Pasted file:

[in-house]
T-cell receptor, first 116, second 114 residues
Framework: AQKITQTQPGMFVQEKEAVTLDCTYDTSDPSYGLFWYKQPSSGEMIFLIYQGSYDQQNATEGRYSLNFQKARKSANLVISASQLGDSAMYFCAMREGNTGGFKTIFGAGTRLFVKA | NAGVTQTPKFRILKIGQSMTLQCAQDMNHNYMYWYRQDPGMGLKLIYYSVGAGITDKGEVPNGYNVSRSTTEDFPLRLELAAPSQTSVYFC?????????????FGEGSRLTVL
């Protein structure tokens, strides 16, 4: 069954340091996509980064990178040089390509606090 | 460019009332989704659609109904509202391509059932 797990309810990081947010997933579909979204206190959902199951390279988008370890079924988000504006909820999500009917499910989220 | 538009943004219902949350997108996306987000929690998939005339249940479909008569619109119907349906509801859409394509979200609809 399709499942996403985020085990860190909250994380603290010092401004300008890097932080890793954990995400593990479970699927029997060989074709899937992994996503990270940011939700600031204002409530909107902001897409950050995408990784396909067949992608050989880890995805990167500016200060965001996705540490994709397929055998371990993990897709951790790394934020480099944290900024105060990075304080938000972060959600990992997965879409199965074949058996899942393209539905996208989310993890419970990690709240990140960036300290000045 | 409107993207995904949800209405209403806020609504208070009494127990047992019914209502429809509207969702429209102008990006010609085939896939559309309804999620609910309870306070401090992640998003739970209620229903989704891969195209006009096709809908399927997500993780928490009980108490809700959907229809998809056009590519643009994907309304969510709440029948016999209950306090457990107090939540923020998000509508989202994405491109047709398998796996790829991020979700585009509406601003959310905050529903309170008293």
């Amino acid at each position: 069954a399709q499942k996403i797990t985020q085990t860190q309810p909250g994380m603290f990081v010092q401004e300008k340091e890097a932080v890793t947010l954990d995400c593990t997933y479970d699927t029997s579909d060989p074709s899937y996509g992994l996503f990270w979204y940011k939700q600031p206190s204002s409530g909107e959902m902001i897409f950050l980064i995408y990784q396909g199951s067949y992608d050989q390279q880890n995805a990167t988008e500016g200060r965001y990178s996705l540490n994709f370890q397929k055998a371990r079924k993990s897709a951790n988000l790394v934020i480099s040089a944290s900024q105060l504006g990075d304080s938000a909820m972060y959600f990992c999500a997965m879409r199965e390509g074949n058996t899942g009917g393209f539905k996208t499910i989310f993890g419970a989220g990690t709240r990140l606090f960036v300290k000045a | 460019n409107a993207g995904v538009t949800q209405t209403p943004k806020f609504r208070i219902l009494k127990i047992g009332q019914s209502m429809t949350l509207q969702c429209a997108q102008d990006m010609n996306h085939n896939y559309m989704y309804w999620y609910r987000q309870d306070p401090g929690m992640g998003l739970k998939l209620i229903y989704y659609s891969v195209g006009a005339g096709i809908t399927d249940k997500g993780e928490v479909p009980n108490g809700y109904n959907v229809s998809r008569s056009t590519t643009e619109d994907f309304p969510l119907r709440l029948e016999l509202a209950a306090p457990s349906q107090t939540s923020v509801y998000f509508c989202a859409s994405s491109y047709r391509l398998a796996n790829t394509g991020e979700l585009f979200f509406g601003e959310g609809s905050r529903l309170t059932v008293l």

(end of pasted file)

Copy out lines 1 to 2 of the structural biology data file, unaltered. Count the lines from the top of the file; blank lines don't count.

[in-house]
T-cell receptor, first 116, second 114 residues